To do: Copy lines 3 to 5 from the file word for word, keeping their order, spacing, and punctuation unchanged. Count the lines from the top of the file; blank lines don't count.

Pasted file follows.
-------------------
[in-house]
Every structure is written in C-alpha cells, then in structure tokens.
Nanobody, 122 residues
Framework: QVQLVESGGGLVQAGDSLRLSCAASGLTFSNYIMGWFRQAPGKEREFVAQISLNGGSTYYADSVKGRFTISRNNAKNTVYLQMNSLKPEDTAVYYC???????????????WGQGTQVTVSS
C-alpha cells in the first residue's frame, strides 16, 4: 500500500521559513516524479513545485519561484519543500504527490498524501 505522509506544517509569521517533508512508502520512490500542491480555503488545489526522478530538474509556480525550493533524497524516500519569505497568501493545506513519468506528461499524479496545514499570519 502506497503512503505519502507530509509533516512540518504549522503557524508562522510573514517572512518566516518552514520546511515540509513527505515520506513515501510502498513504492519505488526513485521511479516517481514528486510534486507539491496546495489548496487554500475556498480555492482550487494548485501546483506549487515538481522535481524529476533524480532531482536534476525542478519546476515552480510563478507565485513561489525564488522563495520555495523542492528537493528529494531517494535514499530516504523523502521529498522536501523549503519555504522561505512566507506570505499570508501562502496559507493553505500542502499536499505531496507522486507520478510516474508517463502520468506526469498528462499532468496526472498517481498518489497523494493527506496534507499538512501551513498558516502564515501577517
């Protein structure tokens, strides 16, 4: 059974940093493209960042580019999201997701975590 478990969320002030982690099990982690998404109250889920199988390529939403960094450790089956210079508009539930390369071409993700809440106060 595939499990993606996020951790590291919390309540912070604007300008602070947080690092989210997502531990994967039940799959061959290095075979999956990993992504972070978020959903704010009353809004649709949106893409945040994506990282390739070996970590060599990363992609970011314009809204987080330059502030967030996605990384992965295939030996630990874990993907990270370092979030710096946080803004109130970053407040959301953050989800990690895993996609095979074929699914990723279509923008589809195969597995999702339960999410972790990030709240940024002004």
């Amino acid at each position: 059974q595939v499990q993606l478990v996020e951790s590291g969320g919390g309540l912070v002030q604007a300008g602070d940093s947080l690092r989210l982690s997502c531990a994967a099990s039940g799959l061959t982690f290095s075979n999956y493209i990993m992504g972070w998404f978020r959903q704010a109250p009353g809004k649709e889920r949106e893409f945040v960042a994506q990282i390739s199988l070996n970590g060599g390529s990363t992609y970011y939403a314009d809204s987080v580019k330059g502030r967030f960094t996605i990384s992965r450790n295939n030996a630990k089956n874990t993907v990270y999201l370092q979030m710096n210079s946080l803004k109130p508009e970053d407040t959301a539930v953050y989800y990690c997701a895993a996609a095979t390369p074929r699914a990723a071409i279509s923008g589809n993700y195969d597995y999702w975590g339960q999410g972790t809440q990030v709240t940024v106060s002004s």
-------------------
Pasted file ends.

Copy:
Nanobody, 122 residues
Framework: QVQLVESGGGLVQAGDSLRLSCAASGLTFSNYIMGWFRQAPGKEREFVAQISLNGGSTYYADSVKGRFTISRNNAKNTVYLQMNSLKPEDTAVYYC???????????????WGQGTQVTVSS
C-alpha cells in the first residue's frame, strides 16, 4: 500500500521559513516524479513545485519561484519543500504527490498524501 505522509506544517509569521517533508512508502520512490500542491480555503488545489526522478530538474509556480525550493533524497524516500519569505497568501493545506513519468506528461499524479496545514499570519 502506497503512503505519502507530509509533516512540518504549522503557524508562522510573514517572512518566516518552514520546511515540509513527505515520506513515501510502498513504492519505488526513485521511479516517481514528486510534486507539491496546495489548496487554500475556498480555492482550487494548485501546483506549487515538481522535481524529476533524480532531482536534476525542478519546476515552480510563478507565485513561489525564488522563495520555495523542492528537493528529494531517494535514499530516504523523502521529498522536501523549503519555504522561505512566507506570505499570508501562502496559507493553505500542502499536499505531496507522486507520478510516474508517463502520468506526469498528462499532468496526472498517481498518489497523494493527506496534507499538512501551513498558516502564515501577517